It is not only important to know and recognize signs of early asthma but also be able to recognize worsening signs of this disorder in order to be prepared to deal with it effectively. The symptoms of asthma range from almost unnoticeable to life threatening emergencies that require immediate medical attention and a wide spectrum in between these two categories. In order to be able to treat and act on your asthma control it is important that you have a good knowledge of all the symptoms. This understanding will go a long way in controlling your asthma. Another helpful aid in treating your asthma is monitoring your symptoms and attacks over time keeping notes of any information you deem important or connected to your own particular symptoms. When an asthmatic can easily recognize the onset of mild symptoms may well have a better chance of preventing an attack. If you do not know the signs of a severe attack you might delay taking necessary medications leading to a risk of a major asthma attack and possible hospitalization.
There are often some small symptoms or indicators preceding the classical signs of asthma attack which could include: allergy like symptoms such as an irritating itchy throat or persistent runny nose, an increased coughing at night, during physical activity such as exercise a pronounced wheezing or coughing, fatigue when carrying on normal activities you usually have no problem with, a decrease in peak expiratory flow rate, restless sleep or waking up still tired, other increased allergy symptoms such as dark circles around eyes or itchy inflamed skin. When you are diagnosed with diabetes your doctor will help you plan and implement an asthma care plan. This is a working plan in writing which will guide you through living with asthma and also help you recognize your own symptoms so when they occur or worsen you will be prepared to deal with them calmly and effectively.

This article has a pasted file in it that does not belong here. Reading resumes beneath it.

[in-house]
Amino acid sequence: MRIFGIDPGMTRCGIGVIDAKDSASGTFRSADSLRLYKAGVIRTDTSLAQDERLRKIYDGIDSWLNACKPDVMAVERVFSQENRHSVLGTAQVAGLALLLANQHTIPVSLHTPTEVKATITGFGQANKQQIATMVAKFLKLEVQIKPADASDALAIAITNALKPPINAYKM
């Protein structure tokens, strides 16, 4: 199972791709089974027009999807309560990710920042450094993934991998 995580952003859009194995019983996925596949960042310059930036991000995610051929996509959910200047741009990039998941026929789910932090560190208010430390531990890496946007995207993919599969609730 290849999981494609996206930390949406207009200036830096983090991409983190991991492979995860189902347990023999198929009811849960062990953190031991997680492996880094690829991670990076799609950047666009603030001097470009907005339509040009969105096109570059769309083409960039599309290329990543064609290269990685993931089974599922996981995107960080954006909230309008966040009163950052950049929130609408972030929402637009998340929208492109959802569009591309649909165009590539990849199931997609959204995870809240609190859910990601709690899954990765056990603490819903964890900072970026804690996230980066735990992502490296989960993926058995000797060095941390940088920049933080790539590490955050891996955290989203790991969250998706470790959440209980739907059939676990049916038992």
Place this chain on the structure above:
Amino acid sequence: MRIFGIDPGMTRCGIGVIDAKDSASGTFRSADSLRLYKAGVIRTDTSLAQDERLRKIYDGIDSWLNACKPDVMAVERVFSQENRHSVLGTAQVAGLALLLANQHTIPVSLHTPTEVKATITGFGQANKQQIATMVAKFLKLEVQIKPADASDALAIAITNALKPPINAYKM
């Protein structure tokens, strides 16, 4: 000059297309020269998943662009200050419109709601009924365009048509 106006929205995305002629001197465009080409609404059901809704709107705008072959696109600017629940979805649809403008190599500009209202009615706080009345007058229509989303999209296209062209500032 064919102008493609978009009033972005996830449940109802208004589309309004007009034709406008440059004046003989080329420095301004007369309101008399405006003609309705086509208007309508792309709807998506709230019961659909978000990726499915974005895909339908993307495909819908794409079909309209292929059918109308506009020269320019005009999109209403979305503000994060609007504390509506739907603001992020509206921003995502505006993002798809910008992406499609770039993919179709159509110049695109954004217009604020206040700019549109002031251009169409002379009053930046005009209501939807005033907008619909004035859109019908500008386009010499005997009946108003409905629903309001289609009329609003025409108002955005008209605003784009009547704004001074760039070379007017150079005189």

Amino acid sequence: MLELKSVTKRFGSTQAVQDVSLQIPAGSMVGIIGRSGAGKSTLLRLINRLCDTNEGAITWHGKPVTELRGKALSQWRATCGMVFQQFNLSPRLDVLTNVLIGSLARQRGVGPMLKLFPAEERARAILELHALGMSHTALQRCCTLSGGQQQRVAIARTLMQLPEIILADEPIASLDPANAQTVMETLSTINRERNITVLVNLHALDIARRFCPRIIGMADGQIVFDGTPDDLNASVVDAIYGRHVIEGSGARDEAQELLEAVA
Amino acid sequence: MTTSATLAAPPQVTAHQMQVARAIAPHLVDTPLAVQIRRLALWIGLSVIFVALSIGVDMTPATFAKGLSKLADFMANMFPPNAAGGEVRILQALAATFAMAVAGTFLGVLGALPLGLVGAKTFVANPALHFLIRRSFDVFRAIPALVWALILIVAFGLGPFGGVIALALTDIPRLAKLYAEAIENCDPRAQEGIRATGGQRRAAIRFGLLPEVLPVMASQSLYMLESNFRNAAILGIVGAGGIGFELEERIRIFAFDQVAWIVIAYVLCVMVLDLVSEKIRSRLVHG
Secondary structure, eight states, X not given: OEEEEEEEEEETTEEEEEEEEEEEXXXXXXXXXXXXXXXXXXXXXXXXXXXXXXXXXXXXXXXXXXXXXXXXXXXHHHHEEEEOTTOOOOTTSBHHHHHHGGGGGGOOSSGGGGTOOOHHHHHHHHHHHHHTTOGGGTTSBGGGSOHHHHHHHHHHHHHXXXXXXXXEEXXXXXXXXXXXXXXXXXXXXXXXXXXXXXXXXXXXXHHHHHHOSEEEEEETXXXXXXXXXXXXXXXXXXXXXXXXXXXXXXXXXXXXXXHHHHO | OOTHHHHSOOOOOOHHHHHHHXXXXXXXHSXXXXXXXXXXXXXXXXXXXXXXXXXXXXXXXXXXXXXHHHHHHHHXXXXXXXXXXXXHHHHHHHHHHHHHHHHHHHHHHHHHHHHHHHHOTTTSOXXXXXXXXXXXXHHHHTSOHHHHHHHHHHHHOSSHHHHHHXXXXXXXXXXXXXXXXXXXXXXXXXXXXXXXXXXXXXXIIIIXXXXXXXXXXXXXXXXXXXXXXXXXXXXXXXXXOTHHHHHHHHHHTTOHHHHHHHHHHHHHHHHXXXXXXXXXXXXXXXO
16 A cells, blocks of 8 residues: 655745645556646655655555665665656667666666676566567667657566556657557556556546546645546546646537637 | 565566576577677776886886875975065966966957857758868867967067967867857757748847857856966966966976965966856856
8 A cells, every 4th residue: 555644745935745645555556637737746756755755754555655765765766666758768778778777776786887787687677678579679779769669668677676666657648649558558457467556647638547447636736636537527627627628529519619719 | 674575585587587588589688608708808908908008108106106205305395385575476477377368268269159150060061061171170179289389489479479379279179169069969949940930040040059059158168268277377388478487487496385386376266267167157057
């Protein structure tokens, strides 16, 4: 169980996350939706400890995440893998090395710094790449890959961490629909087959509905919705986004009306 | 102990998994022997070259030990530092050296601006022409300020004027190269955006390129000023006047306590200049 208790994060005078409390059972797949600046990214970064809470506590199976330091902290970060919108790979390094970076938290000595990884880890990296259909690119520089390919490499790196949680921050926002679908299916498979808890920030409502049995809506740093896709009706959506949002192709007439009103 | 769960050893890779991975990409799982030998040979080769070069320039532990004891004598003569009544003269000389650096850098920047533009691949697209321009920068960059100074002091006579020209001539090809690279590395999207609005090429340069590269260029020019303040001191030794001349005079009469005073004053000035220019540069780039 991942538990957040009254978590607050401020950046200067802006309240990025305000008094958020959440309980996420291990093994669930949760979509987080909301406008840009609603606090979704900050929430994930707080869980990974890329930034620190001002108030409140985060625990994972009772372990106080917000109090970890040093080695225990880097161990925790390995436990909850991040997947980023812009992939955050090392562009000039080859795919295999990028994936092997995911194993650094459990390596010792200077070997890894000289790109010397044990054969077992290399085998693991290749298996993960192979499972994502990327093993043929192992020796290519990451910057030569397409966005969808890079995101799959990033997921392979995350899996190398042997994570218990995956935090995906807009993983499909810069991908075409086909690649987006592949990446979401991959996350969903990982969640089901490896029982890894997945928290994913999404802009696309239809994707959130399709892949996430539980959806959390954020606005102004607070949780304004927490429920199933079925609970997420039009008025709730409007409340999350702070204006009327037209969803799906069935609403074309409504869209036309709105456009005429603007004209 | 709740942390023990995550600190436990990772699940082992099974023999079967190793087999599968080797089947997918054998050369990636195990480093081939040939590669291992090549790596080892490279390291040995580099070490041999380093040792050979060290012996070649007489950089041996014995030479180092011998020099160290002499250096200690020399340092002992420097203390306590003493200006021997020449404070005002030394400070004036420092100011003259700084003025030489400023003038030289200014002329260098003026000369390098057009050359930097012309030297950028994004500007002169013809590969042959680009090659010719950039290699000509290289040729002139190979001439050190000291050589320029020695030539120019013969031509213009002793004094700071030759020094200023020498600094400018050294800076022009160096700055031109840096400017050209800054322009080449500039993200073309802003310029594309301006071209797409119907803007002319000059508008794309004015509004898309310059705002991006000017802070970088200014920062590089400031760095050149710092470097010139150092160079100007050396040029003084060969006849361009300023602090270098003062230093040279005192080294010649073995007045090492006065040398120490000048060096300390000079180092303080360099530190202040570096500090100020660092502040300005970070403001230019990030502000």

If the early signs of asthma are not recognized the more classical signs will appear including such symptoms as: chest tightness, chronic coughing, a shortness of breath and wheezing. These are signs that your airways are narrowing and getting more serious, possibly enabling you from completing normal activities you may be engaged in. As this happens you may also experience: the feeling of hearing yourself wheeze, more shortness of breath, a nagging cough that won’t go away that bothers you day and night. You may have sleeping problems such as difficulty falling asleep or getting a full night’s sleep. Your PEFRS hover in the yellow range and the quick relief medications fail to have any positive affect. Your asthma care plan will advise you now to get in touch with your family doctor and decide what more you should do.
When should you go to a hospital or emergency center? When your asthma is extreme enough that can not perform your regular activities. You will then be in the red zone of your asthma care plan and this is when you require prompt medical care before it develops into a more advanced life threatening situation. Red zone emergency symptoms of asthma will include: severe wheezing while inhaling and exhaling, accelerated breathing, dramatic shortness of breath and difficulty in communicating, feeling of impending doom, heavy sweating, inability to perform PEFR and blue coloration around fingertips or mouth known as cyanosis.
Although early detection and warning of asthma attacks are beneficial and possibly life saving, they are not always easy to see. There are some things though that will help in keeping your asthma under control such as monitoring all your symptoms and sticking to the asthma action plan, identifying and avoid the triggers that induce your attacks, keep note of and track your various symptoms, follow your treatment plan and go over it with your doctor regularly and make sure you keep in touch with your doctor when things change with your asthma.